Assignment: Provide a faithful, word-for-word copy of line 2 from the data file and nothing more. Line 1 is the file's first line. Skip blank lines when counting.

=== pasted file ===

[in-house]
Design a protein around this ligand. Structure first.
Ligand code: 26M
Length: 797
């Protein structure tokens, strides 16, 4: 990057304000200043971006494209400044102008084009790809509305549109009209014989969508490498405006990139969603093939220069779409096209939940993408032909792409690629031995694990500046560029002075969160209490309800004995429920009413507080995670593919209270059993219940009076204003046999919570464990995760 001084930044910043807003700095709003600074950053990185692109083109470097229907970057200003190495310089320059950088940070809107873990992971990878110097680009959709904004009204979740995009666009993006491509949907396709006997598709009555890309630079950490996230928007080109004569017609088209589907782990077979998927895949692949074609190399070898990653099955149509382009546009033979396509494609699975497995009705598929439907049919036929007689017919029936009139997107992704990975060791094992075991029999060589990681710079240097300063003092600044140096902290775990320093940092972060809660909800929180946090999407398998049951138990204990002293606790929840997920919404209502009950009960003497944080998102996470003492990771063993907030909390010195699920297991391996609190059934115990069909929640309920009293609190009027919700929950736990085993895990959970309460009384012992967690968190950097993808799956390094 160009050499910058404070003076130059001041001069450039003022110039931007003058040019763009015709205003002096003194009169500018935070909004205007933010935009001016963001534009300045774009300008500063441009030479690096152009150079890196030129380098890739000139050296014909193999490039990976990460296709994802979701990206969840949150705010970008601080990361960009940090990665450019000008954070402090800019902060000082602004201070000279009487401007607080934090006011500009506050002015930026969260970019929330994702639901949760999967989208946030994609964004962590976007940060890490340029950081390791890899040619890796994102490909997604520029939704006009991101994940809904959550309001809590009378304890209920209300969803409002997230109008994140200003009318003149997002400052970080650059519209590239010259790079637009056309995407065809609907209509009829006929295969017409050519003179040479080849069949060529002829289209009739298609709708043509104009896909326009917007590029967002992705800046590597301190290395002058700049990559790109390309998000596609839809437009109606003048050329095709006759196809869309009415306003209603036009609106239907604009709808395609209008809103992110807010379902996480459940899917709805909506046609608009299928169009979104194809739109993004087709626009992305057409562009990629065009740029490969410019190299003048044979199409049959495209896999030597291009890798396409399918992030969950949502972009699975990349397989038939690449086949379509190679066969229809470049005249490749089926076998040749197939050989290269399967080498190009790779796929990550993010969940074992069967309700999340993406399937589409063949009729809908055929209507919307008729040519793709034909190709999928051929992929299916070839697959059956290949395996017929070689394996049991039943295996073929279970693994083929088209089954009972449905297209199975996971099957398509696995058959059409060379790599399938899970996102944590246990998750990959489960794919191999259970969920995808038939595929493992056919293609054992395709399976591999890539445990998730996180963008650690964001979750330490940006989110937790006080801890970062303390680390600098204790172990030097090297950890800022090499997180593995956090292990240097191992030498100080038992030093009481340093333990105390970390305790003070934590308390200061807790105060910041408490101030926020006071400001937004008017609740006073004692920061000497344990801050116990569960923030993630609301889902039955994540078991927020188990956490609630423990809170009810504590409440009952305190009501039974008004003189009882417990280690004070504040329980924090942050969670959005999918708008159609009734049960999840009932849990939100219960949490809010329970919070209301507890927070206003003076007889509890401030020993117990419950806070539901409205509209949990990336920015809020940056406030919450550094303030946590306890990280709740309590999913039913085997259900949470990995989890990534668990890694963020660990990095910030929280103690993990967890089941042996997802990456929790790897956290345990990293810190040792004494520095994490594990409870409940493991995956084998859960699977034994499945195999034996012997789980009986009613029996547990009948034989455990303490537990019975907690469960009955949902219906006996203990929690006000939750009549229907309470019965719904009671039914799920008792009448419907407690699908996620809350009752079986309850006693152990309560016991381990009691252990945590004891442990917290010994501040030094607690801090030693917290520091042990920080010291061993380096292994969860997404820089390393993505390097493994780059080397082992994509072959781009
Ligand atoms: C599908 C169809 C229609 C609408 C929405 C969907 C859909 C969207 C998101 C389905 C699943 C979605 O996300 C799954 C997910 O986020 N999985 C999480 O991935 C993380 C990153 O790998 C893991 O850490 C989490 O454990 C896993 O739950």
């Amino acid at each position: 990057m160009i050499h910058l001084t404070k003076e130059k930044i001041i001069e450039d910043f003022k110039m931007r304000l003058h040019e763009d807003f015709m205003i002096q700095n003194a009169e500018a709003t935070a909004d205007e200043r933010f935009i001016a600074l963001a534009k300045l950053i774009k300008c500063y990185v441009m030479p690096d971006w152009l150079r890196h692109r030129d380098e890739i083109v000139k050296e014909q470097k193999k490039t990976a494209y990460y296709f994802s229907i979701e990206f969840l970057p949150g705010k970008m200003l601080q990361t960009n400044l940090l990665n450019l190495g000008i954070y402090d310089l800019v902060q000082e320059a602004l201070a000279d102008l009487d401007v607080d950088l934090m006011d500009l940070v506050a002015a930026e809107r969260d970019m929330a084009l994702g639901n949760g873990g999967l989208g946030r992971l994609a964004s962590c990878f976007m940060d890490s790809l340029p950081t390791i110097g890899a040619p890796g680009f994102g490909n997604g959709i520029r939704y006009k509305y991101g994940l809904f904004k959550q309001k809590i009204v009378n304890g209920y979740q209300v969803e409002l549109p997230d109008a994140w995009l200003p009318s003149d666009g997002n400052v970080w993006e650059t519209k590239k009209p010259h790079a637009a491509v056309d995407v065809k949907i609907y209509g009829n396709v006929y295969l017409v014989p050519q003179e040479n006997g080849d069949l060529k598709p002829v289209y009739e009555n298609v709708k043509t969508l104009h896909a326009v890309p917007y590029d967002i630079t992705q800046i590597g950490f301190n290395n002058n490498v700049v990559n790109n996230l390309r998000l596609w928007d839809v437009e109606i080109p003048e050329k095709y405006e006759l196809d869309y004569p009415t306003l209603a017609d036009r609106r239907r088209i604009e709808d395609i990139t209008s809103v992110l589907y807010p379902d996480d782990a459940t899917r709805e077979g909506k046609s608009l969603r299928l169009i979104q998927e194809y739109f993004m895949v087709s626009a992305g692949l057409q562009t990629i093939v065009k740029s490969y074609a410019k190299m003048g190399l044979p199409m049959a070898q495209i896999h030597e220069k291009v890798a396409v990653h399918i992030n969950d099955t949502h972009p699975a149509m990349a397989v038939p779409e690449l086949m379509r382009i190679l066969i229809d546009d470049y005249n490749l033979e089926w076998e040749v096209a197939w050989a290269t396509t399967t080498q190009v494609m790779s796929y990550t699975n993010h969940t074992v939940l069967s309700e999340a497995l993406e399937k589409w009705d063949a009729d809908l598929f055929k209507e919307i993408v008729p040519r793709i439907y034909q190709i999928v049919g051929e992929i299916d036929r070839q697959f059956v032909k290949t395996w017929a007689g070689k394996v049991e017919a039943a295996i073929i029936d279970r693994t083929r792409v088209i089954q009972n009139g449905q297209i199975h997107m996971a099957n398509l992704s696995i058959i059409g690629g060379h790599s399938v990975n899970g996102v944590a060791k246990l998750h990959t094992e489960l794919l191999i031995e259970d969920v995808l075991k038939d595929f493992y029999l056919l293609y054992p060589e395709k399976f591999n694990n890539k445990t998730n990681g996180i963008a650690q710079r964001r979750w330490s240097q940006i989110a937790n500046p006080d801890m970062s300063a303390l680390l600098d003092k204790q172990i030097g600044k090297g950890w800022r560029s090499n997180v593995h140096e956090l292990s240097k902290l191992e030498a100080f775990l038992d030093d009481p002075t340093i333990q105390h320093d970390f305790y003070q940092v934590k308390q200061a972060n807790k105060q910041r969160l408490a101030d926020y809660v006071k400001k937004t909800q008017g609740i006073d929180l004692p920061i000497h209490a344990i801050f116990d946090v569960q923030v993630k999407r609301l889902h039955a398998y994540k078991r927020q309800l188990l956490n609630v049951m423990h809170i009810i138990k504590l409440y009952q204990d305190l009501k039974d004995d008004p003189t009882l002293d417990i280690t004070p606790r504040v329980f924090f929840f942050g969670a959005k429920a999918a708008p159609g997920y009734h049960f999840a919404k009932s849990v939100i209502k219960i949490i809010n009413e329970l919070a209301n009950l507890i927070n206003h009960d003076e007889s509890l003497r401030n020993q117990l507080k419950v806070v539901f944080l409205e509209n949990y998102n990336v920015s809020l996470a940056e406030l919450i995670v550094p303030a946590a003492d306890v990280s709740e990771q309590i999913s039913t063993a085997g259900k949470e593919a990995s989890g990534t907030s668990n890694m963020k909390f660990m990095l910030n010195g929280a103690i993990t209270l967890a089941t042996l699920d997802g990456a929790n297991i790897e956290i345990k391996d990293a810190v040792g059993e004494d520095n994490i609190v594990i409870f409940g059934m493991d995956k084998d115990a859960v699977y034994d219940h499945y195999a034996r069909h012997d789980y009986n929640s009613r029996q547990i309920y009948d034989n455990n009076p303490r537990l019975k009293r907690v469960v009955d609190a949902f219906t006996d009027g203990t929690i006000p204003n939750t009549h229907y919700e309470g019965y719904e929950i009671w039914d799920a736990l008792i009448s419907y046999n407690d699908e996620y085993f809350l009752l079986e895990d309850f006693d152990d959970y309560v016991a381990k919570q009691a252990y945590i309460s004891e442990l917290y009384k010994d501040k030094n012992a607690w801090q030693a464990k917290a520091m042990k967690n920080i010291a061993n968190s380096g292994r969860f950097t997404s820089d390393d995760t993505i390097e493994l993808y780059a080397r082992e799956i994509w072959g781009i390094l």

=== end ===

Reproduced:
Design a protein around this ligand. Structure first.